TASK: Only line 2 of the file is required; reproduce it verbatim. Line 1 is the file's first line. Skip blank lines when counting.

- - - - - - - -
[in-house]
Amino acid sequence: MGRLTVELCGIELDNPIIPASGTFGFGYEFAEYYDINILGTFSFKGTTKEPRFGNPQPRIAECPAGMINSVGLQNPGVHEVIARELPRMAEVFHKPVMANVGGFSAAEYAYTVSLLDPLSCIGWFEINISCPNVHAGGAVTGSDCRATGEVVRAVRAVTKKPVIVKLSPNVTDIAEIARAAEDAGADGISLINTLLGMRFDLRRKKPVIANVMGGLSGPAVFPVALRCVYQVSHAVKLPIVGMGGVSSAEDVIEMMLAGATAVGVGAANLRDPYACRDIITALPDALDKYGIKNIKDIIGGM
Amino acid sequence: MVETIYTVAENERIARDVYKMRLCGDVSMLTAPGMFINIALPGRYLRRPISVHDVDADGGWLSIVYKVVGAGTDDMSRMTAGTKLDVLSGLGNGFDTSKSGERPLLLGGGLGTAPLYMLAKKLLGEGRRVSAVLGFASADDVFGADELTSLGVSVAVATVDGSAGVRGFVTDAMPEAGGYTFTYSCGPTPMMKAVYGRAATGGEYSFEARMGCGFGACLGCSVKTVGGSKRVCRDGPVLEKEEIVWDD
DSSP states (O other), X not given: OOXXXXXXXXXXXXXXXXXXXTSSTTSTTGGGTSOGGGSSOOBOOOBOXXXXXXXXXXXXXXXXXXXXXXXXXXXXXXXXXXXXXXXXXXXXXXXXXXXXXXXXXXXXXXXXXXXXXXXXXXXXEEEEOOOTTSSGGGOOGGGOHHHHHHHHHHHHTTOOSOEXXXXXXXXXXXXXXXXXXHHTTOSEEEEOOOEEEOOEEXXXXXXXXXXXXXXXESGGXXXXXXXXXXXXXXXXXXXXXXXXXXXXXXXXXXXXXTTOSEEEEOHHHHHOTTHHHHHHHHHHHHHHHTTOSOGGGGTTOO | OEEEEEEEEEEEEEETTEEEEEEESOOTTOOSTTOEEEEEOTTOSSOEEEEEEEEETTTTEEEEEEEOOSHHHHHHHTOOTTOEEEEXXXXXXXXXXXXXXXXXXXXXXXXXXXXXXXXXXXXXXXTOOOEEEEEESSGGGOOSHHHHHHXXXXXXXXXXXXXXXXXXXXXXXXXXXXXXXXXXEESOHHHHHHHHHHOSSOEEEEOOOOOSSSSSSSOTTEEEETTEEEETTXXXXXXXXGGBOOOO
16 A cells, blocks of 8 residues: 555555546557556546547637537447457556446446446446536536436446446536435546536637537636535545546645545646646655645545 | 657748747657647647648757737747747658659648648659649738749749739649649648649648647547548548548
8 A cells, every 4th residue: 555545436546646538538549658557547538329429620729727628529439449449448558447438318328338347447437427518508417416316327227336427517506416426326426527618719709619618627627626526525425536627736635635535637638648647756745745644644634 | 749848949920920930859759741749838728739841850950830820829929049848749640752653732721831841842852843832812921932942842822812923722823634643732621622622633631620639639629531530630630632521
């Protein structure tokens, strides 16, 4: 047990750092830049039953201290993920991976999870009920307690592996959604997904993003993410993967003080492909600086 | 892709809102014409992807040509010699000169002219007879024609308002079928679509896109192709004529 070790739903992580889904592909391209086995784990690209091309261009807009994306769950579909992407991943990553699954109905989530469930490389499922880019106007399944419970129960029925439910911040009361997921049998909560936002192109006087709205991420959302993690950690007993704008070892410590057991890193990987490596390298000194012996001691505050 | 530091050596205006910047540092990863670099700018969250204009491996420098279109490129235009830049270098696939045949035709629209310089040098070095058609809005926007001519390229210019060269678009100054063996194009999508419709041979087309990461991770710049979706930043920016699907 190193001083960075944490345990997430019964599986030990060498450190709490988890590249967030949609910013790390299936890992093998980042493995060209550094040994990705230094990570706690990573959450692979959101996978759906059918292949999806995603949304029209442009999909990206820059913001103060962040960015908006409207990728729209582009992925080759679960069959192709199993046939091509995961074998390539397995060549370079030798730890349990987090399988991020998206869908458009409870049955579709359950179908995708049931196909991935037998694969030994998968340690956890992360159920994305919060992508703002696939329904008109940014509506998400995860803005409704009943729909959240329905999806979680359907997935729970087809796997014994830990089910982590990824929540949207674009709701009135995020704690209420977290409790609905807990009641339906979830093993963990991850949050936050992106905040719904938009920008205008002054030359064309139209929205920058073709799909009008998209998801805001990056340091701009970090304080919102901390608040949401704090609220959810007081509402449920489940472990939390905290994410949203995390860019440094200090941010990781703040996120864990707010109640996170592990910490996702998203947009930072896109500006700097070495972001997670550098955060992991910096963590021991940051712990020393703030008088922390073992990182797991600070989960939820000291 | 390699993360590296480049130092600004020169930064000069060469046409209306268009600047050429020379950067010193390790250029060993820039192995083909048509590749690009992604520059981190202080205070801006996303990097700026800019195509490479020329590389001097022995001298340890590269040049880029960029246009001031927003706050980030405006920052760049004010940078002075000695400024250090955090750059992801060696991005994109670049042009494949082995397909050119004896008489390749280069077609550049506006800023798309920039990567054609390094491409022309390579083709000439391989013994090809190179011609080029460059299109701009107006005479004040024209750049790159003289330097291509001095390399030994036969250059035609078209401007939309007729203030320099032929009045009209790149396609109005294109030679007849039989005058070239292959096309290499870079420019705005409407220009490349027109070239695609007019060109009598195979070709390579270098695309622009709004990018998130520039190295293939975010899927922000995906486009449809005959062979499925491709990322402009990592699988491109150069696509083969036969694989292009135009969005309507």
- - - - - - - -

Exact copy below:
Amino acid sequence: MGRLTVELCGIELDNPIIPASGTFGFGYEFAEYYDINILGTFSFKGTTKEPRFGNPQPRIAECPAGMINSVGLQNPGVHEVIARELPRMAEVFHKPVMANVGGFSAAEYAYTVSLLDPLSCIGWFEINISCPNVHAGGAVTGSDCRATGEVVRAVRAVTKKPVIVKLSPNVTDIAEIARAAEDAGADGISLINTLLGMRFDLRRKKPVIANVMGGLSGPAVFPVALRCVYQVSHAVKLPIVGMGGVSSAEDVIEMMLAGATAVGVGAANLRDPYACRDIITALPDALDKYGIKNIKDIIGGM